Brexit Imports And Exports
From 1 January 2021, the UK will operate a full external border with the EU, which will entail major changes for imports and exports to and from the trading bloc. From 1 January 2021, declarations will be needed to import or export specific (limited) goods categorised as ‘controlled’.
However, for non-controlled goods brought from the EU to GB, import controls apply in three stages: January, April and July 2021.
Some changes will apply to all goods movements, and will involve customs declarations, customs duties and VAT on imports, and safety and security declarations. ‘Additional requirements’ come in, but only affect certain specific goods movements, such as foodstuffs.
Action points to consider now include:
Economic Operators Registration and Identification (EORI) numbers: from 1 January 2021, an EORI number with the prefix ‘GB’ is needed to move goods between the UK and the EU, unless you only move goods between Northern Ireland and Ireland.
Remember that from January 2021, it will be important to think about both the UK and EU sides of the equation: to comply with EU requirements, you will, for example, need an EU EORI number if your business makes customs declarations or gets a customs decision in the EU.
Using a customs intermediary: given the complexity of UK and EU customs declarations, you may want to engage a customs intermediary to deal on your behalf.
Postponed VAT accounting for goods imported from the EU: from 1 January 2021, import VAT applies to imports from the EU. Using ‘postponed VAT accounting’ from 1 January 2021 lets you account for import VAT on your VAT return, giving the potential to declare and recover import VAT on the same return.
Delaying customs declarations and payment of tariffs: when the UK’s full suite of border controls are in place in July 2021, full customs declarations and payment of customs duties, as set out in the new UK Global Tariff (or as specified in any trade deal with the EU) must take place when goods are imported from the EU. But from 1 January 2021 to 30 June 2021, most traders with a good compliance record can defer declaration and payment for up to six months on imports of standard goods from the EU.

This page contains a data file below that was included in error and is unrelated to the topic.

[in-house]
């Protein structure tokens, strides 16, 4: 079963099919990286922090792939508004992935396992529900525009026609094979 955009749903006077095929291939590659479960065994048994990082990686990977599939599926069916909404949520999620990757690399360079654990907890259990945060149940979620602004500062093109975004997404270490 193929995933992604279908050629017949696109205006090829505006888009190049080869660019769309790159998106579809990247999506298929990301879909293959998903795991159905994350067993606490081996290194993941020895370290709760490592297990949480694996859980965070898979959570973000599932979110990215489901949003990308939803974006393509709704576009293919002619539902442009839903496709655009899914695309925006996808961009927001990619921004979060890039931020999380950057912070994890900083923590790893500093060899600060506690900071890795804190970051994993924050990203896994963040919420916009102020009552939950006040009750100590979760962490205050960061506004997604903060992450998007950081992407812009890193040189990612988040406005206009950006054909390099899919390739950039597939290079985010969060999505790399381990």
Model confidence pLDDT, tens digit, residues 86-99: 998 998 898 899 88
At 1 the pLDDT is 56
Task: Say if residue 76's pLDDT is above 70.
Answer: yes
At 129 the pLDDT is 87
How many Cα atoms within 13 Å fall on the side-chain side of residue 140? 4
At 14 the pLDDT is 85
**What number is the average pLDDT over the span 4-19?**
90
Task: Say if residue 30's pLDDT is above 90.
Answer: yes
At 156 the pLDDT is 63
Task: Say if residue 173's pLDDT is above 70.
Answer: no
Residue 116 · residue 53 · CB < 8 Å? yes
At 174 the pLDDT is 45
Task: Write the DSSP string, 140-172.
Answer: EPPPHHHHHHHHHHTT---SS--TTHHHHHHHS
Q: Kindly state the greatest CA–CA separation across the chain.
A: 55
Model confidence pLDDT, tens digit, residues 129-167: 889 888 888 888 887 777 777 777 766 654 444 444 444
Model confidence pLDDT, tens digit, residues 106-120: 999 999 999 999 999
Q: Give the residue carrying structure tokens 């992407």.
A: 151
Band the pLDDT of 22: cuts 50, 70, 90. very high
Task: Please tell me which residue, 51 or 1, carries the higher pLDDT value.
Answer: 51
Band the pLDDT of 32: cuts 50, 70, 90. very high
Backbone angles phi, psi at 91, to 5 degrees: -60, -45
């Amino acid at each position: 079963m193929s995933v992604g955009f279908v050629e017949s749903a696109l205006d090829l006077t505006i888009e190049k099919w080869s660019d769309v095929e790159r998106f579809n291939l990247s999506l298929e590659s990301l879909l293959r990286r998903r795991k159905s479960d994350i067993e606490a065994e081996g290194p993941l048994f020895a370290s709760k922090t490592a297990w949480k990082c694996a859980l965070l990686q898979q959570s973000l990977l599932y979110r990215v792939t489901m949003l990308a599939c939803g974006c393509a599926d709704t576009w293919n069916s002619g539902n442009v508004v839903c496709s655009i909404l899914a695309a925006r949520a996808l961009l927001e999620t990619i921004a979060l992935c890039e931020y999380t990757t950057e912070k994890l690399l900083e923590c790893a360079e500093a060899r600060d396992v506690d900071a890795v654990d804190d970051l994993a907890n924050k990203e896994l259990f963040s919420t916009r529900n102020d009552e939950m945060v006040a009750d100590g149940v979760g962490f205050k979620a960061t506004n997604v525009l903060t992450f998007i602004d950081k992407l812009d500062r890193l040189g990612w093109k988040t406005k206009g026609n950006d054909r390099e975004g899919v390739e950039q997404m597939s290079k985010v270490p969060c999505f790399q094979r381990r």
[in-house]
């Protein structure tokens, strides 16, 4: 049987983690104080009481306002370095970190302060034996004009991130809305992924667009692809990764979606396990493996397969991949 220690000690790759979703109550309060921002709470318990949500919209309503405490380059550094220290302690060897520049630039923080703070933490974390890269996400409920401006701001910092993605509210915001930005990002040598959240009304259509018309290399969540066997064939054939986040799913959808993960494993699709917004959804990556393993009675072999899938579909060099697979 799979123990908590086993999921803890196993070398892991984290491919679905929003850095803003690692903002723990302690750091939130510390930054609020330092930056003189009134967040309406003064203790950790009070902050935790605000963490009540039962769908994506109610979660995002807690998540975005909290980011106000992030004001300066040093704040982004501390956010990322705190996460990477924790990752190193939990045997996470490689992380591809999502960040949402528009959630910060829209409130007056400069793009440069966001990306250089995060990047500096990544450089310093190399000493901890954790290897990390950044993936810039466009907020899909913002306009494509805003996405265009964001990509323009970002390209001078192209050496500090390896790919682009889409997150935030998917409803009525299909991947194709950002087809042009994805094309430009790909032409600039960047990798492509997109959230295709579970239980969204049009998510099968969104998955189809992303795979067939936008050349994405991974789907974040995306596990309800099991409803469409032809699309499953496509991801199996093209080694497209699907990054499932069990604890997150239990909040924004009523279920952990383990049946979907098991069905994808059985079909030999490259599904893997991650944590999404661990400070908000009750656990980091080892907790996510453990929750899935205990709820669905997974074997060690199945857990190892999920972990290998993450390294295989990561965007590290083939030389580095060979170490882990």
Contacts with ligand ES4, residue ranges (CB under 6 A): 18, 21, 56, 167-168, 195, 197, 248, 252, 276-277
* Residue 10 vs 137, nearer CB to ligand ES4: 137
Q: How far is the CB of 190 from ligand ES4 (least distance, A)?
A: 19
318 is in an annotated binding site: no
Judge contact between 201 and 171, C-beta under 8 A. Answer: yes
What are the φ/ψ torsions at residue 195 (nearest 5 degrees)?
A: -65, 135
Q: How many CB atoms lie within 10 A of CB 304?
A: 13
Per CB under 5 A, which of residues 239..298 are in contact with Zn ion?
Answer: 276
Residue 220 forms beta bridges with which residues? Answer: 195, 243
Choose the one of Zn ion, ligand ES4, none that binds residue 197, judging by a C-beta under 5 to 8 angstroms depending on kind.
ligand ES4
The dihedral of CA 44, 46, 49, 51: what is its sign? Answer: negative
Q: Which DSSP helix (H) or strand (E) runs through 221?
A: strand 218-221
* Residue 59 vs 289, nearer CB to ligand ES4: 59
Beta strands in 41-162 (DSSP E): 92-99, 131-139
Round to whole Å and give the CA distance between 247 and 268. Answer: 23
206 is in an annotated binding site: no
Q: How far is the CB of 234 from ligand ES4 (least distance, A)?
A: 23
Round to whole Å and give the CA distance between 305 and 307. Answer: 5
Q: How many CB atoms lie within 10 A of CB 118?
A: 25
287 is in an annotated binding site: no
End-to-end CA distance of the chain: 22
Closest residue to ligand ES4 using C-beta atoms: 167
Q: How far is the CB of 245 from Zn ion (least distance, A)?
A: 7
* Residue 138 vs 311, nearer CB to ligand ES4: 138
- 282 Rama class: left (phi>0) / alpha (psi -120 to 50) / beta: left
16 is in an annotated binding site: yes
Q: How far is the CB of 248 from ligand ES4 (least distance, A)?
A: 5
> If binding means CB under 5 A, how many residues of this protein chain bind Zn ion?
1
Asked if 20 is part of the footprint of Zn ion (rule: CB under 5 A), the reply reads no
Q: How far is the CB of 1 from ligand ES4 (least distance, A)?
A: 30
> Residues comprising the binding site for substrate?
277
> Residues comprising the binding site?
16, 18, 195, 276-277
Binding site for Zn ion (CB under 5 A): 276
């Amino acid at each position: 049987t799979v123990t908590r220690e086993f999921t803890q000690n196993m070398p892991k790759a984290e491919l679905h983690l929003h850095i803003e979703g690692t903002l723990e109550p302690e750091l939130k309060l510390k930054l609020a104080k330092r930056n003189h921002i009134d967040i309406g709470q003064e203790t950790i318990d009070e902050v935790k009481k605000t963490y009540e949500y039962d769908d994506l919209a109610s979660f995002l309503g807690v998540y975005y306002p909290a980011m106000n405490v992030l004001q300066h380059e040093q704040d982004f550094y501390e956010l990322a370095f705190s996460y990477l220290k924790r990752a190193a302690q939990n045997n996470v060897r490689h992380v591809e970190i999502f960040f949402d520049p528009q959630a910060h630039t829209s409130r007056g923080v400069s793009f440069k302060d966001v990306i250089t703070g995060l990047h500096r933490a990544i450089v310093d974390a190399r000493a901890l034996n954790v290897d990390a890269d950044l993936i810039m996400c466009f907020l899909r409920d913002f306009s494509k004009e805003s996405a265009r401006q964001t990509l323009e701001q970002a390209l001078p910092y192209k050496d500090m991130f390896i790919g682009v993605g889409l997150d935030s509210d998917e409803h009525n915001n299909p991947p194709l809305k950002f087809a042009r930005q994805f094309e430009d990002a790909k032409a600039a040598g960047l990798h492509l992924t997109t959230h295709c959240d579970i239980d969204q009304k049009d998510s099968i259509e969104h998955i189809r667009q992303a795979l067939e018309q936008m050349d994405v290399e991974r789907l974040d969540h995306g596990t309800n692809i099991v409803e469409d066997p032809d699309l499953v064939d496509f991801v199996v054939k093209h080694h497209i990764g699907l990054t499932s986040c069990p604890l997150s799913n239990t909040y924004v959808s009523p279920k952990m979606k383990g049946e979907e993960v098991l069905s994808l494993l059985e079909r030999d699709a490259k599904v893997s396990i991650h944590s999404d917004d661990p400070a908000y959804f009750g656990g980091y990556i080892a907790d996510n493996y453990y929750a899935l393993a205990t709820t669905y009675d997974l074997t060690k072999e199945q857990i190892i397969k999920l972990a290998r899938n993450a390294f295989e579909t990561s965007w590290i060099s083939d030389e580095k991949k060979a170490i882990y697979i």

here are several ways to pay HMRC. You can do this by:
- Direct Debit
- Faster Payment
- personal debit card
- corporate credit and debit card*.
*Payments made by corporate credit card incur a surcharge which goes direct to merchant acquirers, card schemes and card providers.
This will also apply to corporate debit cards from 1 November 2020.
You may want to consider another payment method if you do not wish to incur this surcharge.
Bounce Back Loan
The Bounce Back Loan Scheme (BBLS), launched in May 2020, was introduced to help smaller businesses impacted by coronavirus. It has been extended 31 January 2021.
You can borrow from £2,000 and up to 25% of business turnover (the maximum amount available is £50,000).
No interest payable in the first twelve months
The interest rate for this loan is 2.5% per annum.
No repayments are due during the first twelve months.
Initially the loan period was six years, but this has just been extended to ten.
You can ‘top up’ your bounce back loan.
This applies to businesses that haven’t already borrowed the maximum amount permitted under the scheme (ie, 25% of total turnover).
This option can only be used once.
It’s been available since Tuesday 10 November from certain lenders, while other lenders will be offering the option soon – use the British Business Bank website to see which lenders are offering top-ups already.
This is how it’ll work:
- The minimum top-up available is £1,000.
- You must top-up from your existing BBL lender.
- The repayment and interest-free period is SHORTER for top-ups – the countdown starts when you originally took out the loan.
You’ll need to contact your lender to apply.